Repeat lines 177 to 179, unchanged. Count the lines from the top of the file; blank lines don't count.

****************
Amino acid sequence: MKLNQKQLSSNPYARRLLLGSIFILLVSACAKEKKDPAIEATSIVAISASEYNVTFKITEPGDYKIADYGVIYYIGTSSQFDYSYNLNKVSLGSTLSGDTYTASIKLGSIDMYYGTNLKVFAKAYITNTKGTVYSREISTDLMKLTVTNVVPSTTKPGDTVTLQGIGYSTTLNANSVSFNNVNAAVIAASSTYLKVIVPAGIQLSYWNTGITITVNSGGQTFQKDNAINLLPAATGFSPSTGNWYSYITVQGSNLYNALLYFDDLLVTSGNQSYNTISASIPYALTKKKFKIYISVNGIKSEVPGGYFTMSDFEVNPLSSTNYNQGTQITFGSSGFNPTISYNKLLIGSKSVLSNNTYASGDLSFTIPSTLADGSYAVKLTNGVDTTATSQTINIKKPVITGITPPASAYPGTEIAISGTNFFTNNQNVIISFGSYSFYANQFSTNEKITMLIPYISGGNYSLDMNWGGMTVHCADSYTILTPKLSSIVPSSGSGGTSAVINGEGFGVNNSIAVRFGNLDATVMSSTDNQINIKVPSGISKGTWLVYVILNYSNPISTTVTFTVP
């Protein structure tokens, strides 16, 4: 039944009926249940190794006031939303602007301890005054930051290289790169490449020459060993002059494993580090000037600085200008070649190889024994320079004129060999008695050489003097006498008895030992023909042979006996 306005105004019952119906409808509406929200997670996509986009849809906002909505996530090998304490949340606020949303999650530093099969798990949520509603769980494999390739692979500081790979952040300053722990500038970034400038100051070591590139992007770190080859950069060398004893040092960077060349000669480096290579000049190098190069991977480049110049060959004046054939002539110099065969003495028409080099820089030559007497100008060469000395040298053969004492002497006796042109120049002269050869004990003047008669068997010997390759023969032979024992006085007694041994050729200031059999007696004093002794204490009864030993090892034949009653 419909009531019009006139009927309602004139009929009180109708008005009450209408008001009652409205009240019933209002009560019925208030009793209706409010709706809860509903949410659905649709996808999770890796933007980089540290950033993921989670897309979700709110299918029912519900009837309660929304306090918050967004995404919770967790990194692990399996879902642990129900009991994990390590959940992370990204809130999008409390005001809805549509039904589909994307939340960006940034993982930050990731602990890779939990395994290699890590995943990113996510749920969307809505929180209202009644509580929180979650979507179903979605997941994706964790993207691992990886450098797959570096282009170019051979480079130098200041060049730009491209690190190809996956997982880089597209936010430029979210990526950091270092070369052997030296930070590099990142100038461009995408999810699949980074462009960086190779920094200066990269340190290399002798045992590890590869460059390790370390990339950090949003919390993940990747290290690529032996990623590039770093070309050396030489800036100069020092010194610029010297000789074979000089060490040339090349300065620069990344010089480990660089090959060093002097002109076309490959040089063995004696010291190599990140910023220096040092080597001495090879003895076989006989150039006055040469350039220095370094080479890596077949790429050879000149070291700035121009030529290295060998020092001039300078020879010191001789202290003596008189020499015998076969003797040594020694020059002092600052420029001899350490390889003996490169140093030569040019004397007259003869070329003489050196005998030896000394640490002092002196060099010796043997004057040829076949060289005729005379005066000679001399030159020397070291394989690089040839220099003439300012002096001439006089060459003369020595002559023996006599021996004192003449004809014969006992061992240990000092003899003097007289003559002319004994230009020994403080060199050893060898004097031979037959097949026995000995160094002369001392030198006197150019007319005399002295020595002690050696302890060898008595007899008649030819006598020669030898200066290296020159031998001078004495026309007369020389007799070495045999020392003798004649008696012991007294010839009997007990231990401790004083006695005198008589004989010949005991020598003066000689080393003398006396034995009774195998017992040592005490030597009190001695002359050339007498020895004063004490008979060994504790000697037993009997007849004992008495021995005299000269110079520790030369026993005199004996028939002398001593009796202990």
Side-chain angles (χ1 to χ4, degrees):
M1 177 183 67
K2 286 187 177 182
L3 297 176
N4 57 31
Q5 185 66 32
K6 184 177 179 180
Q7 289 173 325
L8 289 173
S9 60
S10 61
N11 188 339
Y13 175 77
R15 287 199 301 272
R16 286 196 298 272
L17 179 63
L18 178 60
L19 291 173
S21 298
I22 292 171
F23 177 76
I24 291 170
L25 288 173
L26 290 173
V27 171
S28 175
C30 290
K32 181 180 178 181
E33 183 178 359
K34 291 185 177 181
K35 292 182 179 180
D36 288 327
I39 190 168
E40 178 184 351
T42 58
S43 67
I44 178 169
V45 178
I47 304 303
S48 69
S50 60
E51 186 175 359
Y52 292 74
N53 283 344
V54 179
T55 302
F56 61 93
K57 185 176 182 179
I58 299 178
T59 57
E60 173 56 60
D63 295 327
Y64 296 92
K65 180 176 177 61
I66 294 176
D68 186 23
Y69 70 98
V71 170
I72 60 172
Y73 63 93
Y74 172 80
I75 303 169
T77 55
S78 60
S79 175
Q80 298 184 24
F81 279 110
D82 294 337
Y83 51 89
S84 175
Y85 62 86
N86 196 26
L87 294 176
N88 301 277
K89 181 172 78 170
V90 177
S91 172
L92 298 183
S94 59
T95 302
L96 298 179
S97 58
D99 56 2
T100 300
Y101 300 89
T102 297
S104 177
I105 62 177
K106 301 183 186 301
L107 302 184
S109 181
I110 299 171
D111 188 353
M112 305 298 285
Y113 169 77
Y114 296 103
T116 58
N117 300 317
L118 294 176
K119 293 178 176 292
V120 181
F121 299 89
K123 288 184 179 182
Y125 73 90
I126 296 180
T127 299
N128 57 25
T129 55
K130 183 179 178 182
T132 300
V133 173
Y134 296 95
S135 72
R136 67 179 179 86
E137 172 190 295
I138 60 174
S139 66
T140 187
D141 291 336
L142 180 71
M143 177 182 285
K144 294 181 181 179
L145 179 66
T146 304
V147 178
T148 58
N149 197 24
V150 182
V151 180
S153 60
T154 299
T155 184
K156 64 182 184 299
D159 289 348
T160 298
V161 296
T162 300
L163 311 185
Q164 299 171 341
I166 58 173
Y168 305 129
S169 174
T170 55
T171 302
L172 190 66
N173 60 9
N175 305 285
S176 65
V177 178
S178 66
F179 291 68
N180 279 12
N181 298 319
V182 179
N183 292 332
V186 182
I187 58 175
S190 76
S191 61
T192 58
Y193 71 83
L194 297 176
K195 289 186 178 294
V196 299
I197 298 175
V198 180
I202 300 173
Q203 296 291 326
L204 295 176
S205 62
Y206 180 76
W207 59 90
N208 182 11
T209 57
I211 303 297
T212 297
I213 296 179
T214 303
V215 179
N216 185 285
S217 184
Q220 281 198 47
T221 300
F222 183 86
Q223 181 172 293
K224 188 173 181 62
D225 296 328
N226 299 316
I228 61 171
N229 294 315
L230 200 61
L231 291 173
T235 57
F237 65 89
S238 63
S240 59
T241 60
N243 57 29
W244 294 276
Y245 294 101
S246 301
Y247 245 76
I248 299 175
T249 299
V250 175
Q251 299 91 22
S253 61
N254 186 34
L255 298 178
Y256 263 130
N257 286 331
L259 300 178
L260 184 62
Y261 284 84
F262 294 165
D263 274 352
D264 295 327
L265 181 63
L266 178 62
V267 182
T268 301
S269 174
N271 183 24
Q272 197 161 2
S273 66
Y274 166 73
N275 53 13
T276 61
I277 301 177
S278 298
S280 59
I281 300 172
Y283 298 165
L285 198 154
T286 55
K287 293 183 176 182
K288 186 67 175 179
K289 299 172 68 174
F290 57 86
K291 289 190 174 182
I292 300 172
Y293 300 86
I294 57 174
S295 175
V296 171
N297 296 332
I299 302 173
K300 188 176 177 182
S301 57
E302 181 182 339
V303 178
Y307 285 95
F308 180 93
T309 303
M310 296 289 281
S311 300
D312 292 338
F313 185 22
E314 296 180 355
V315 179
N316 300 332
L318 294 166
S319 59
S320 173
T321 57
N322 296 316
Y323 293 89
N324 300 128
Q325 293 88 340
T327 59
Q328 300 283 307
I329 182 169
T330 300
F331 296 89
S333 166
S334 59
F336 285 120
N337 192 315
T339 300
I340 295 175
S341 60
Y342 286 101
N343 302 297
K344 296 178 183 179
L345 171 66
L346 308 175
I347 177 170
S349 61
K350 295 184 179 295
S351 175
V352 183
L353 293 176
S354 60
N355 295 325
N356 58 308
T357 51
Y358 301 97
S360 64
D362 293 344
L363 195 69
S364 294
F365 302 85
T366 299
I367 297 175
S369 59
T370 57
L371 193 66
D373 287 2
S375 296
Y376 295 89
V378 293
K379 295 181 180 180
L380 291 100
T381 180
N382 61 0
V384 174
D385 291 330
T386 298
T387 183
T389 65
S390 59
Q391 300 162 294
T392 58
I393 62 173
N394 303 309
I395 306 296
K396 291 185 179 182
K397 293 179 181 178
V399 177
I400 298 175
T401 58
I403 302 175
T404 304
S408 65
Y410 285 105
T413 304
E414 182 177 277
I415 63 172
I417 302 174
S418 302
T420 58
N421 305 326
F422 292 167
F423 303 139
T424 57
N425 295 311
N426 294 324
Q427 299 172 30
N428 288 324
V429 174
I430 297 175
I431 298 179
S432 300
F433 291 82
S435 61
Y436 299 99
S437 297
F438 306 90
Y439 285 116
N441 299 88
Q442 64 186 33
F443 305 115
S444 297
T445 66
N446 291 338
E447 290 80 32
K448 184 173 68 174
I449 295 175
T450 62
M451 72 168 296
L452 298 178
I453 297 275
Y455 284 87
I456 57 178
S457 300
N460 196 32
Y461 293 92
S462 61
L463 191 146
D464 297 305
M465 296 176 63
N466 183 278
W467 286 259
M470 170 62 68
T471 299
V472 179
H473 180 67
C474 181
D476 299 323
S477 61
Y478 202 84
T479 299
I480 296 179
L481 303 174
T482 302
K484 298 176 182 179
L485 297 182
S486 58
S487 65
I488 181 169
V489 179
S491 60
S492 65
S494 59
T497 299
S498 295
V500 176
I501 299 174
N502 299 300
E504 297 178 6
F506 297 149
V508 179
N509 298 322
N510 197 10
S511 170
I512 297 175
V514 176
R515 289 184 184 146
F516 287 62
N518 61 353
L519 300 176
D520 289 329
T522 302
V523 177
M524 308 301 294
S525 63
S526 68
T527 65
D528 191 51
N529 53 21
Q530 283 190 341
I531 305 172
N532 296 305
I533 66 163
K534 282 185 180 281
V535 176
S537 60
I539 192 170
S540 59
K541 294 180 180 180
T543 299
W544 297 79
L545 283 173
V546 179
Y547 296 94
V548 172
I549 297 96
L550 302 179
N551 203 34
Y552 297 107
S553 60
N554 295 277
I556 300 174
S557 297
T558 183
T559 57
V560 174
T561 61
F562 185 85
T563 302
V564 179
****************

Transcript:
I211 303 297
T212 297
I213 296 179